Will we all be watching Doha in December?

Dr Clive Black

January 6, 2022 3:39 pm
Will we all be watching Doha in December?

A very Happy New Year to you all from myself, Mark Dudley and all at Coriolis.

2022 brings us the FIFA World Cup finals in Qatar, that hotbed of soccer commencing in November with a final at 3pm on the 18th December. Can the Earl of Tees-side steer England to one step better than the narrow defeats to Croatia and Italy or will it be something more tame?

Whatever, for the British food system in the run into Christmas ’22 there is not just the “normal“ build up of pigs-in-blankets and Brussels sprouts to face, but also copious potential pizzas, snacks and savouries, plus booze no doubt, as the country settles around the fire to watch Gareth’s merry men seek to bring extra-stellar seasonal joy.

Happily, January 2022 is a much brighter time than a year past, when the weather was grim, mass vaccination had not taken off, lockdown was in full motion – necessarily it should be said – and fatalities were rocketing. It really was a dark time, one when the national mood was transparently low. Public policy has been damn difficult through the pandemic and it has brought out the best and the worst of the British. The best in amazing public service, scientific genius and love for our families and communities. The worst in those who think the pandemic controls do not relate to them, the anti-vaxxers and those who have taken the opportunity to malinger – the ‘can’t do, won’t do’ folks.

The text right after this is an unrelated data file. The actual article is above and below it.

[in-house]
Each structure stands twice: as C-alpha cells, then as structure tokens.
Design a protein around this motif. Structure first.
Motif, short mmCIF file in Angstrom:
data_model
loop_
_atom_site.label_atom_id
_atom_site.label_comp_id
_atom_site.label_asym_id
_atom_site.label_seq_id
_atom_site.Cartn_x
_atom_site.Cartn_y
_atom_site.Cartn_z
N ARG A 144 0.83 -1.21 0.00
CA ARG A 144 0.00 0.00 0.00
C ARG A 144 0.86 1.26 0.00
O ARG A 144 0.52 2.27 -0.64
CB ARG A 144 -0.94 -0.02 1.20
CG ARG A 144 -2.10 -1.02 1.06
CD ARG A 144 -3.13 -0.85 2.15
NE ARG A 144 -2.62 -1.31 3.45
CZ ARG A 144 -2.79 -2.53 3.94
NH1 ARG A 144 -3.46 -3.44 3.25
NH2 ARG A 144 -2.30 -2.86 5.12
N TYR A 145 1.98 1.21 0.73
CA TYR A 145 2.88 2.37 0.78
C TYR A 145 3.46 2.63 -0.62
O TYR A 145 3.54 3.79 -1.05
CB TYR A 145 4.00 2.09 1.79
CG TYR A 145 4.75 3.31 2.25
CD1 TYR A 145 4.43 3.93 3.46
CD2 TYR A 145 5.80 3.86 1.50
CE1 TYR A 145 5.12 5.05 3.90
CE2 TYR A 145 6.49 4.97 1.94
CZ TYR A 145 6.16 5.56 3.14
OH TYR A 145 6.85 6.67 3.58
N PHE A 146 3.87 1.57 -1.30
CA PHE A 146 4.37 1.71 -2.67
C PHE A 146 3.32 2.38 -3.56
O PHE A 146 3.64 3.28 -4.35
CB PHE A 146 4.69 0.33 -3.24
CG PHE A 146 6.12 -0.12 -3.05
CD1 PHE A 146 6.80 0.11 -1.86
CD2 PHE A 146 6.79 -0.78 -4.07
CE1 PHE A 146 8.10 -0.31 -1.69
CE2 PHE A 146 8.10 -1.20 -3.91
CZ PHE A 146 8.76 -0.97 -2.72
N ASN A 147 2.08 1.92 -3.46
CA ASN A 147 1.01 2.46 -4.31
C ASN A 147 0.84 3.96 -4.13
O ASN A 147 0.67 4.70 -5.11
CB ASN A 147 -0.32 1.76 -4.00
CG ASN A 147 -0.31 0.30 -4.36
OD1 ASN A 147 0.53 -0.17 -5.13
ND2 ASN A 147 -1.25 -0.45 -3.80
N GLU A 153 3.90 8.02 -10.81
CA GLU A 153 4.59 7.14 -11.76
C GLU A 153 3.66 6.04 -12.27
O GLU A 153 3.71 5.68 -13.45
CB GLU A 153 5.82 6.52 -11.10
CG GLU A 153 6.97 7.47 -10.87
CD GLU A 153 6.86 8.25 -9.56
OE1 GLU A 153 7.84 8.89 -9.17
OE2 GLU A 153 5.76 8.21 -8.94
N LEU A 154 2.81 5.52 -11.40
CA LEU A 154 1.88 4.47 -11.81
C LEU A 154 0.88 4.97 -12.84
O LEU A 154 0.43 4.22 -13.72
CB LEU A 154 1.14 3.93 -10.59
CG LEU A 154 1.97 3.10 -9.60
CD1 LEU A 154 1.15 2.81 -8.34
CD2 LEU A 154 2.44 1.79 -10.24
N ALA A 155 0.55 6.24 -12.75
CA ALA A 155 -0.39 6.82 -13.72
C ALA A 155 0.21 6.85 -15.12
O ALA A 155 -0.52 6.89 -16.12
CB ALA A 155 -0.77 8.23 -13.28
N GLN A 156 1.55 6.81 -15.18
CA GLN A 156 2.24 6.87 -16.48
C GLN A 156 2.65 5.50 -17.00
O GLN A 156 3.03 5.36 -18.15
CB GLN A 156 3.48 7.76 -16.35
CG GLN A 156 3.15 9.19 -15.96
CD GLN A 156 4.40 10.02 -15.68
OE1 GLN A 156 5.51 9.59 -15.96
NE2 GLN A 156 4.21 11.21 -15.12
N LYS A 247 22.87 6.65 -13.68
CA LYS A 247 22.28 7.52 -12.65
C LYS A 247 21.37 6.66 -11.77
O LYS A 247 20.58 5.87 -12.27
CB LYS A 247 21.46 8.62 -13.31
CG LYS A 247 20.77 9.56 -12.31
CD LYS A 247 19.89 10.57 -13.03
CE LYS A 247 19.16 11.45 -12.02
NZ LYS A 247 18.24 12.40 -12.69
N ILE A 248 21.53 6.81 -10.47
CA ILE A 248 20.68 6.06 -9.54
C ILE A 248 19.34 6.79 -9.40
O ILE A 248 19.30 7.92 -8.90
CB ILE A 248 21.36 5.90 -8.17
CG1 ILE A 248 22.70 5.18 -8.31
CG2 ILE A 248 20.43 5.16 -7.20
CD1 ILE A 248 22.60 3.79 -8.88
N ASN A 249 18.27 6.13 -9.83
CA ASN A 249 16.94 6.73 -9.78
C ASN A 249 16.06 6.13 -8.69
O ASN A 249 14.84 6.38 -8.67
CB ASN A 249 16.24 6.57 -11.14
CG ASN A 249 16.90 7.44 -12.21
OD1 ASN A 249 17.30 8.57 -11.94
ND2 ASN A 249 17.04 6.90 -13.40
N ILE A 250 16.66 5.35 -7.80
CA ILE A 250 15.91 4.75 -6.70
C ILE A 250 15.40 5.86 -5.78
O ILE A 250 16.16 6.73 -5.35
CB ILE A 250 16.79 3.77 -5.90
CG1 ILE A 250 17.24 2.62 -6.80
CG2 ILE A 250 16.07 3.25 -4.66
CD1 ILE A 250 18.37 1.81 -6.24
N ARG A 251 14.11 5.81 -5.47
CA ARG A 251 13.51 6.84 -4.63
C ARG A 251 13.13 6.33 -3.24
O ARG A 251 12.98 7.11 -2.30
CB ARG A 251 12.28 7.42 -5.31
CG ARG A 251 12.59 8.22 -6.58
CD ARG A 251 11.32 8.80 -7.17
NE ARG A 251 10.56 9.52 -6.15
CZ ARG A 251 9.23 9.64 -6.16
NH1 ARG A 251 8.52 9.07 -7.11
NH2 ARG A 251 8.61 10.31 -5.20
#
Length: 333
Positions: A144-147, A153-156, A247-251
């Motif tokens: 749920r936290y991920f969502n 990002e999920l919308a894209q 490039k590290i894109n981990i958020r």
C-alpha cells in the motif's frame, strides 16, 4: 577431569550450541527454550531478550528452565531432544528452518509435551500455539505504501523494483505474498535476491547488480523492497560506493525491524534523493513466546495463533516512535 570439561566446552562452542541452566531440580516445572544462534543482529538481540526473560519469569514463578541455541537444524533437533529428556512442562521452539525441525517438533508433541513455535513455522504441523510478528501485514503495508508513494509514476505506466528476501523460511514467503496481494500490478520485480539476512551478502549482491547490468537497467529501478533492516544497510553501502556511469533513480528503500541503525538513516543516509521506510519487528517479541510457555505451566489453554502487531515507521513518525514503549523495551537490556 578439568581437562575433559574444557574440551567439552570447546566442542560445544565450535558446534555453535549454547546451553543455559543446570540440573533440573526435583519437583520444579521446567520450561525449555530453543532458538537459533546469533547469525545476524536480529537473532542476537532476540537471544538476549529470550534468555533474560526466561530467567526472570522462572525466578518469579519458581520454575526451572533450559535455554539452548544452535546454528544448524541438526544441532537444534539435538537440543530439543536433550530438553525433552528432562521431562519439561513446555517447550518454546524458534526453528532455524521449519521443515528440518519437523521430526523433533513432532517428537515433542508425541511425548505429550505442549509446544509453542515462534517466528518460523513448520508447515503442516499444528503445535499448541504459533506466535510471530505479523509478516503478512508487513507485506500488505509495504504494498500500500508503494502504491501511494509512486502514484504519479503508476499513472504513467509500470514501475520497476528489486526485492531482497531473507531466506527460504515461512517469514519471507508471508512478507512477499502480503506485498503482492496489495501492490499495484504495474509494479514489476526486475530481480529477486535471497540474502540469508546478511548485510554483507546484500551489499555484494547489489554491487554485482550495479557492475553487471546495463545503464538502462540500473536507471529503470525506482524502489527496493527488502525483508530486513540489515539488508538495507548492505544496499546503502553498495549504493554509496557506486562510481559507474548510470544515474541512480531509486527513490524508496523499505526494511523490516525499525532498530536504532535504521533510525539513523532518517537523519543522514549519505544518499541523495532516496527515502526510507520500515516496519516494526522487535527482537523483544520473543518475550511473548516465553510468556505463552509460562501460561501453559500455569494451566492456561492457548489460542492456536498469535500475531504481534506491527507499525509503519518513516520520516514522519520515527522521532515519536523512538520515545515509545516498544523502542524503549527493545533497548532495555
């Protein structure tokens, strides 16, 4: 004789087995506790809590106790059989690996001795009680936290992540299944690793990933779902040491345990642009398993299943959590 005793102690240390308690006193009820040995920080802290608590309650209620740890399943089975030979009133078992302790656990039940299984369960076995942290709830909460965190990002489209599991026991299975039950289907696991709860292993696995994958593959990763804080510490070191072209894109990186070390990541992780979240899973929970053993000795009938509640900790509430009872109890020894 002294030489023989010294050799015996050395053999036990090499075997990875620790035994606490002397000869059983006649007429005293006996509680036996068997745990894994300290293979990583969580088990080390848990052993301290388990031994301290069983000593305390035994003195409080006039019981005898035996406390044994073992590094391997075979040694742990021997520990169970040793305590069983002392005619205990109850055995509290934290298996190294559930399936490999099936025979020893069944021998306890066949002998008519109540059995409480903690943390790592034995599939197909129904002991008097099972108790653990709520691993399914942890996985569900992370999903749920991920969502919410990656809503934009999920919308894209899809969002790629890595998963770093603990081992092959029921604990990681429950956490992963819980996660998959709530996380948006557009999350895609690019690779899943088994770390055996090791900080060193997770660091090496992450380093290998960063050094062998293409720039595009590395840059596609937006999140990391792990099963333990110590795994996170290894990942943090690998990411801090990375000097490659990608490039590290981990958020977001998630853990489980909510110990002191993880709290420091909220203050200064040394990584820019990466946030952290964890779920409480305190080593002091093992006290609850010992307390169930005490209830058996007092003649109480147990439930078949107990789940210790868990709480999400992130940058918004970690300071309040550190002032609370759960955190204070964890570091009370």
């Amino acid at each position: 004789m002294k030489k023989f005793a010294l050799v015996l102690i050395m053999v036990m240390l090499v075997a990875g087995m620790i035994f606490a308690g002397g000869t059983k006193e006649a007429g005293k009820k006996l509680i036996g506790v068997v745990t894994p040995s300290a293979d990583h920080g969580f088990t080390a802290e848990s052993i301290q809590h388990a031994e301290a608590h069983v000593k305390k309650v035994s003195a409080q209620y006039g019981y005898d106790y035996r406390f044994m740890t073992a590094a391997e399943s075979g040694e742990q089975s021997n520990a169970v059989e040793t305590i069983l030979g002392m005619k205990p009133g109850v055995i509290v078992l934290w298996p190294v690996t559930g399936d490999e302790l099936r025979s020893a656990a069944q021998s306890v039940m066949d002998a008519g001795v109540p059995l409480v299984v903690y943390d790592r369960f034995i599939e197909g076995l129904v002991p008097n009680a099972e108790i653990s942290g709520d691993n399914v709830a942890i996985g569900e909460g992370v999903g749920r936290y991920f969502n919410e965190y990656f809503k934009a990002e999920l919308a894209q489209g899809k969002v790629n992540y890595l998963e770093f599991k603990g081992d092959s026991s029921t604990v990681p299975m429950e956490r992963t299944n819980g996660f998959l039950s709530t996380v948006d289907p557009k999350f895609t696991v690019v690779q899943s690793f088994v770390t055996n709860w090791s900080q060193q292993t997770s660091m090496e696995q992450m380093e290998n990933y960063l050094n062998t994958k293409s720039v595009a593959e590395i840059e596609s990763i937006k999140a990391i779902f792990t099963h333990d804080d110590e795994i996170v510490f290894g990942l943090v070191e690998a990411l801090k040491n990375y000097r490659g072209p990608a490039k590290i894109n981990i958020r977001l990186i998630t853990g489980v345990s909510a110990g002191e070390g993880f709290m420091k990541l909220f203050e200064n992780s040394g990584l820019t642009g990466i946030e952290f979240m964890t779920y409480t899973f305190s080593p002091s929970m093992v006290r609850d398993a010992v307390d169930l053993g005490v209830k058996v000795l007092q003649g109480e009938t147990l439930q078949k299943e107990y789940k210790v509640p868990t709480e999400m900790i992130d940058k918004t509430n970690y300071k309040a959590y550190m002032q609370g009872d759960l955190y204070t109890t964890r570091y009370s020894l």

And so for the British food system, as the New Year starts Coronavirus remains up front and central still albeit with a lot of learning in tow and so a better position to face operational challenges. Omicron is clearly one such problem, which is helping – through absenteeism – to keep the labour process at the fore of the food industry’s mind; even though most folks do not know that they have it, and those that do are not very ill. How on earth did we live through the travails of the common cold? As an aside, how can British produced lateral flows tests be accepted by EU states but not the UK? This is Monty Python Brexit!